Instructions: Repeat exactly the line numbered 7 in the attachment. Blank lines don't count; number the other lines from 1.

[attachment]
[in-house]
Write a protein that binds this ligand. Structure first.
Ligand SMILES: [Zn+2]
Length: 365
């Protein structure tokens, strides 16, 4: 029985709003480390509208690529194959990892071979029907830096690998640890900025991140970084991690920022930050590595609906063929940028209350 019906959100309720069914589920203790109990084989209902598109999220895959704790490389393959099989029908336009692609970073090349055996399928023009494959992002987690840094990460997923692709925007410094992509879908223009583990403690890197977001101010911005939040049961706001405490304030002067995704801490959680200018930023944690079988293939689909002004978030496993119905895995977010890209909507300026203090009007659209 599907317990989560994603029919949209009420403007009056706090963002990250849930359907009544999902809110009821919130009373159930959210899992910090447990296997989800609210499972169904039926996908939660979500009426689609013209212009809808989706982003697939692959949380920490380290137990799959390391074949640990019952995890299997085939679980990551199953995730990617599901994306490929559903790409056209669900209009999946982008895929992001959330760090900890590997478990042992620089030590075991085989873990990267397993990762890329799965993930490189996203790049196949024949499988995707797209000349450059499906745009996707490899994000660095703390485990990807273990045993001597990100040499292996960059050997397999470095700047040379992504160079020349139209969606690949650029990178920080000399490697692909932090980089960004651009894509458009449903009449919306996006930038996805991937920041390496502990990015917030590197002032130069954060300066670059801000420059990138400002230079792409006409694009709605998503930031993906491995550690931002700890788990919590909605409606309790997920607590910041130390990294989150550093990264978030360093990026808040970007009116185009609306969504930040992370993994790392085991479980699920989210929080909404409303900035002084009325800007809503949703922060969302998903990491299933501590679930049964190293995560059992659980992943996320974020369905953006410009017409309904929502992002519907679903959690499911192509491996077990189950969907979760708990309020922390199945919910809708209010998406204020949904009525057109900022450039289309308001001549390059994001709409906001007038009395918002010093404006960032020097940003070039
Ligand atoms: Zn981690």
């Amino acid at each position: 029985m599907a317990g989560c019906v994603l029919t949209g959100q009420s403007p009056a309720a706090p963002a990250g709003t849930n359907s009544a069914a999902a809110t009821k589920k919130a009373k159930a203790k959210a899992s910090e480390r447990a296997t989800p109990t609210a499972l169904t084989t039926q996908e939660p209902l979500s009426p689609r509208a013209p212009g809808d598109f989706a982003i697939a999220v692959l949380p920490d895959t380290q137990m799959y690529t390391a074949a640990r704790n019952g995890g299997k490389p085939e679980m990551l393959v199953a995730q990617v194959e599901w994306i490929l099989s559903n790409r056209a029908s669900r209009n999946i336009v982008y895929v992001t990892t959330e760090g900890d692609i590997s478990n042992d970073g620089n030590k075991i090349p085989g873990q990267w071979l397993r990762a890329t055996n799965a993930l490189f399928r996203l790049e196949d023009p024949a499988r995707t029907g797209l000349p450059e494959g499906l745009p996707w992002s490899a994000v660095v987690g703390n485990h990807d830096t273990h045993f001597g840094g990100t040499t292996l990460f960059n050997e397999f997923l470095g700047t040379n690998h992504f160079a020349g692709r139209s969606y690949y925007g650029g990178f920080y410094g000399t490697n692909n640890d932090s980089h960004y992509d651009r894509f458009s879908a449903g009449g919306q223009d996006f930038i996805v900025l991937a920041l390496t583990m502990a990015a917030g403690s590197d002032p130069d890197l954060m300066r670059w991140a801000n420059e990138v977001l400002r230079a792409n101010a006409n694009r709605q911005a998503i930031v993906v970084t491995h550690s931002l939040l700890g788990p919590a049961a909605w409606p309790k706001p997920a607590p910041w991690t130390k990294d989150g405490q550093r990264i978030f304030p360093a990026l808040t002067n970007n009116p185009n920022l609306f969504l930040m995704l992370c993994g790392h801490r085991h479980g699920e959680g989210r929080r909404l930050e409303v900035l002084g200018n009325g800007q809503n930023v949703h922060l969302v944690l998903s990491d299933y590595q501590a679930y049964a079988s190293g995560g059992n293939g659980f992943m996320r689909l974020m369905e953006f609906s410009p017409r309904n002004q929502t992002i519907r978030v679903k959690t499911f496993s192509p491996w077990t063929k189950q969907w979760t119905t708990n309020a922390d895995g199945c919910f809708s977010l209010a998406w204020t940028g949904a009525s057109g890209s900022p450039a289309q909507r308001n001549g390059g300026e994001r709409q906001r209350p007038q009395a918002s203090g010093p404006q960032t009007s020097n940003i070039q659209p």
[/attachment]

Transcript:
């Amino acid at each position: 029985m599907a317990g989560c019906v994603l029919t949209g959100q009420s403007p009056a309720a706090p963002a990250g709003t849930n359907s009544a069914a999902a809110t009821k589920k919130a009373k159930a203790k959210a899992s910090e480390r447990a296997t989800p109990t609210a499972l169904t084989t039926q996908e939660p209902l979500s009426p689609r509208a013209p212009g809808d598109f989706a982003i697939a999220v692959l949380p920490d895959t380290q137990m799959y690529t390391a074949a640990r704790n019952g995890g299997k490389p085939e679980m990551l393959v199953a995730q990617v194959e599901w994306i490929l099989s559903n790409r056209a029908s669900r209009n999946i336009v982008y895929v992001t990892t959330e760090g900890d692609i590997s478990n042992d970073g620089n030590k075991i090349p085989g873990q990267w071979l397993r990762a890329t055996n799965a993930l490189f399928r996203l790049e196949d023009p024949a499988r995707t029907g797209l000349p450059e494959g499906l745009p996707w992002s490899a994000v660095v987690g703390n485990h990807d830096t273990h045993f001597g840094g990100t040499t292996l990460f960059n050997e397999f997923l470095g700047t040379n690998h992504f160079a020349g692709r139209s969606y690949y925007g650029g990178f920080y410094g000399t490697n692909n640890d932090s980089h960004y992509d651009r894509f458009s879908a449903g009449g919306q223009d996006f930038i996805v900025l991937a920041l390496t583990m502990a990015a917030g403690s590197d002032p130069d890197l954060m300066r670059w991140a801000n420059e990138v977001l400002r230079a792409n101010a006409n694009r709605q911005a998503i930031v993906v970084t491995h550690s931002l939040l700890g788990p919590a049961a909605w409606p309790k706001p997920a607590p910041w991690t130390k990294d989150g405490q550093r990264i978030f304030p360093a990026l808040t002067n970007n009116p185009n920022l609306f969504l930040m995704l992370c993994g790392h801490r085991h479980g699920e959680g989210r929080r909404l930050e409303v900035l002084g200018n009325g800007q809503n930023v949703h922060l969302v944690l998903s990491d299933y590595q501590a679930y049964a079988s190293g995560g059992n293939g659980f992943m996320r689909l974020m369905e953006f609906s410009p017409r309904n002004q929502t992002i519907r978030v679903k959690t499911f496993s192509p491996w077990t063929k189950q969907w979760t119905t708990n309020a922390d895995g199945c919910f809708s977010l209010a998406w204020t940028g949904a009525s057109g890209s900022p450039a289309q909507r308001n001549g390059g300026e994001r709409q906001r209350p007038q009395a918002s203090g010093p404006q960032t009007s020097n940003i070039q659209p």